The book examines (1) the relationship between political mobilization and the making of policy/ to grant socio-economic rights (2) the creation of institutions and (3) representation in public institutions i.e. legislatures. It investigates the relationship of political mobilization, party strategies and policy change to understand how campaigns and agitations organized by actors outside traditional electoral networks interact with established political actors to influence the making of social policy and legislations in India in the broader frame of democratic politics.
The central question is in what circumstances is social and political mobilization to claim rights and entitlements or the demand for accountability or greater representation in legislatures responded to and addressed to by the state. This is done through an analusis of three empirical cases: (1) Right to employment and Right to food; (2) The anti-corruption or Lokpal or movement, (3) Legislative reservations for women. All but one resulted in legislation. These three cases cover recurring themes in the sphere of political mobilization and the claims they make for redistribution, accountability and representation.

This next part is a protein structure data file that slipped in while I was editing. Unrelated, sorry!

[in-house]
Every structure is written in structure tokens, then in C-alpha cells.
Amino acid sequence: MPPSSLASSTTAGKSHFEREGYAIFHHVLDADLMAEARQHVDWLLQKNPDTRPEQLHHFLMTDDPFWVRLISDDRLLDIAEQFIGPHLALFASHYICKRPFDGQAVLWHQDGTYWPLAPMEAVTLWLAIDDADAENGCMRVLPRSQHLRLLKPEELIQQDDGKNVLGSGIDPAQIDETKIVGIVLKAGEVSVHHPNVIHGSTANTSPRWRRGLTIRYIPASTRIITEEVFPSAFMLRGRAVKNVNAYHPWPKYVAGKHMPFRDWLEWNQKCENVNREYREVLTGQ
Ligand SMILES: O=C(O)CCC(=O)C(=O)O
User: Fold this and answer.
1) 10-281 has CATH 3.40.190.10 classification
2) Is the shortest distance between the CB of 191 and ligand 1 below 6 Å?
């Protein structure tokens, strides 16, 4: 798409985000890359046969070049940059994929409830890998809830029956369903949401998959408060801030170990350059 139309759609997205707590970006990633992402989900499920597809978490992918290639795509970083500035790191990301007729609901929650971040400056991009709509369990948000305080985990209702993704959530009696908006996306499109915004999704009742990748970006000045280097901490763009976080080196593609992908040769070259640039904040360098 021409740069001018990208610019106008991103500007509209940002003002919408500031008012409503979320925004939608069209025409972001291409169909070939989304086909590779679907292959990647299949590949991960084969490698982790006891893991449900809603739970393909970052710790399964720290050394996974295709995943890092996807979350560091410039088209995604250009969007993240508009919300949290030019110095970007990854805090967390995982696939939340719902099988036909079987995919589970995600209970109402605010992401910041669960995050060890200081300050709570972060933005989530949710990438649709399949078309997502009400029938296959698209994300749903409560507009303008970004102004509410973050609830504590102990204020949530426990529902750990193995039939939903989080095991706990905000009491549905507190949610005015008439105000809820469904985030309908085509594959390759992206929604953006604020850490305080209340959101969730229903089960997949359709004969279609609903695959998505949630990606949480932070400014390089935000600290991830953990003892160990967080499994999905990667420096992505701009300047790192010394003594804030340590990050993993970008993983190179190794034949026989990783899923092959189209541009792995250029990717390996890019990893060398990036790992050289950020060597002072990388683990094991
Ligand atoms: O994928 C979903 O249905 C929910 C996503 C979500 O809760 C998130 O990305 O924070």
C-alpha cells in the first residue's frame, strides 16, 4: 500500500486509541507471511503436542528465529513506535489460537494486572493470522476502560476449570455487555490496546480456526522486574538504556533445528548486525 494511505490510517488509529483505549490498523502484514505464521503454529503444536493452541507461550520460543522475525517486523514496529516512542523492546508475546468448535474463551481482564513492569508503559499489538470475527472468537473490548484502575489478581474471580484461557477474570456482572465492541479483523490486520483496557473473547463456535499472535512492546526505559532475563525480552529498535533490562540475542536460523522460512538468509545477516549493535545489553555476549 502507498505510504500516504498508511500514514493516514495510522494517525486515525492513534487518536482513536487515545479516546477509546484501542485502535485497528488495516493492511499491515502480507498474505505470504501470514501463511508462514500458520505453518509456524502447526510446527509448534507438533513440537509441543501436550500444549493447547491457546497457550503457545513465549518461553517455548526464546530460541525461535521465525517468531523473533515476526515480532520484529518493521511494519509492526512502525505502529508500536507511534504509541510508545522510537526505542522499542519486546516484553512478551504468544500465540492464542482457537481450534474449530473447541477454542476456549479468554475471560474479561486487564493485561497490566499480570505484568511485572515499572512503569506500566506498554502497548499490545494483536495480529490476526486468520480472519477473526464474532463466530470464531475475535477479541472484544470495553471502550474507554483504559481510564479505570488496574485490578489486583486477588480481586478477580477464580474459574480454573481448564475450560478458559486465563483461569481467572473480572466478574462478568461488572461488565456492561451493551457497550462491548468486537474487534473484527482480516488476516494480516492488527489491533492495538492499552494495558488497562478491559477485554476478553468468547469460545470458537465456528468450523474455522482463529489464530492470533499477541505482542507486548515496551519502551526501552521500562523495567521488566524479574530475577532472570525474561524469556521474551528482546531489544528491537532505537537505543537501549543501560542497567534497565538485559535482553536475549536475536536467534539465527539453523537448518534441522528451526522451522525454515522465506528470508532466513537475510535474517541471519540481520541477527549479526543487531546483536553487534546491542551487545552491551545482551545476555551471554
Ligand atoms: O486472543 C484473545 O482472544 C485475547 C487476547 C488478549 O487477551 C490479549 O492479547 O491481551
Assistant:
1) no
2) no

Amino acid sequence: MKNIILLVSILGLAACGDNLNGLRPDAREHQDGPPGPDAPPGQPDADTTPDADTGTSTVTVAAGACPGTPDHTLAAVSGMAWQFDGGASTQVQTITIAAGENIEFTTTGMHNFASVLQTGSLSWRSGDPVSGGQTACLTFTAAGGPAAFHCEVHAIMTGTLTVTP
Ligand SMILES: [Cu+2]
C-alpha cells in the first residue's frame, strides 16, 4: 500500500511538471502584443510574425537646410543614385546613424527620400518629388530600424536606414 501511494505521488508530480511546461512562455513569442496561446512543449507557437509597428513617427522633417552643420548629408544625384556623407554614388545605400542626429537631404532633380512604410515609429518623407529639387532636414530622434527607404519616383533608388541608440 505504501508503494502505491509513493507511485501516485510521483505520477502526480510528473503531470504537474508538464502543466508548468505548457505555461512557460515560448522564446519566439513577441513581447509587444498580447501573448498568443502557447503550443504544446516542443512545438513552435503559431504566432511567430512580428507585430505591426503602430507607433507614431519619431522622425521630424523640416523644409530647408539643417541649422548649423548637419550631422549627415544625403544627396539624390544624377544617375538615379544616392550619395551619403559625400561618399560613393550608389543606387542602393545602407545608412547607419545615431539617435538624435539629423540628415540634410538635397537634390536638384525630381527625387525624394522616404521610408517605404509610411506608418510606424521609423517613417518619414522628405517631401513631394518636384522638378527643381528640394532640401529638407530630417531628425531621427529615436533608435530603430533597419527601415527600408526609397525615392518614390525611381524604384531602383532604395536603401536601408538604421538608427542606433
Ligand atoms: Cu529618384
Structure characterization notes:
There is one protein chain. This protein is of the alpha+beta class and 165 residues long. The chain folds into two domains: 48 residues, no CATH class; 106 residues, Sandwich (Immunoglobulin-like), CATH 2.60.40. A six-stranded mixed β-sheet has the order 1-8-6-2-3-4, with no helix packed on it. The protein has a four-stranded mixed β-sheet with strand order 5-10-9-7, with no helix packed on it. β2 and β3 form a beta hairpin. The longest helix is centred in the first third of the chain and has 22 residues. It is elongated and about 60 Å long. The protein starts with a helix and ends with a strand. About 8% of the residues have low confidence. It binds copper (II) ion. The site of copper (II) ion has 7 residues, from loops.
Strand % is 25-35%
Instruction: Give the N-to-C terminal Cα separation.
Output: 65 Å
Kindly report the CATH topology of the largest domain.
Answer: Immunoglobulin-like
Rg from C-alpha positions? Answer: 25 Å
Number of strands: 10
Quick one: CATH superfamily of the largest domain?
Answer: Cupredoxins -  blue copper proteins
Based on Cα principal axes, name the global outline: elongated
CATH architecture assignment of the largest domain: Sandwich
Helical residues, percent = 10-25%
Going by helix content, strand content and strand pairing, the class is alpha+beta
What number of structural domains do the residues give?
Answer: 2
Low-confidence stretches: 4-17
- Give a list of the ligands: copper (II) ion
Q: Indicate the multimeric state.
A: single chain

By focusing on political actors and processes that shape various legislations to expand rights, accountability and representation, the book argues that it is principally the political context, party processes and leadership strategies that influenced policy decisions of the government. Taken together, the arguments advanced here underlines the social and political implications of situations where both state and mobilization campaigns are the agents and loci of dominance, resistance, and critique. Outcomes are contingent on political responses and party strategies which are an important element of the underlying dynamics, and not merely the scale and intensity of public protest and collective action.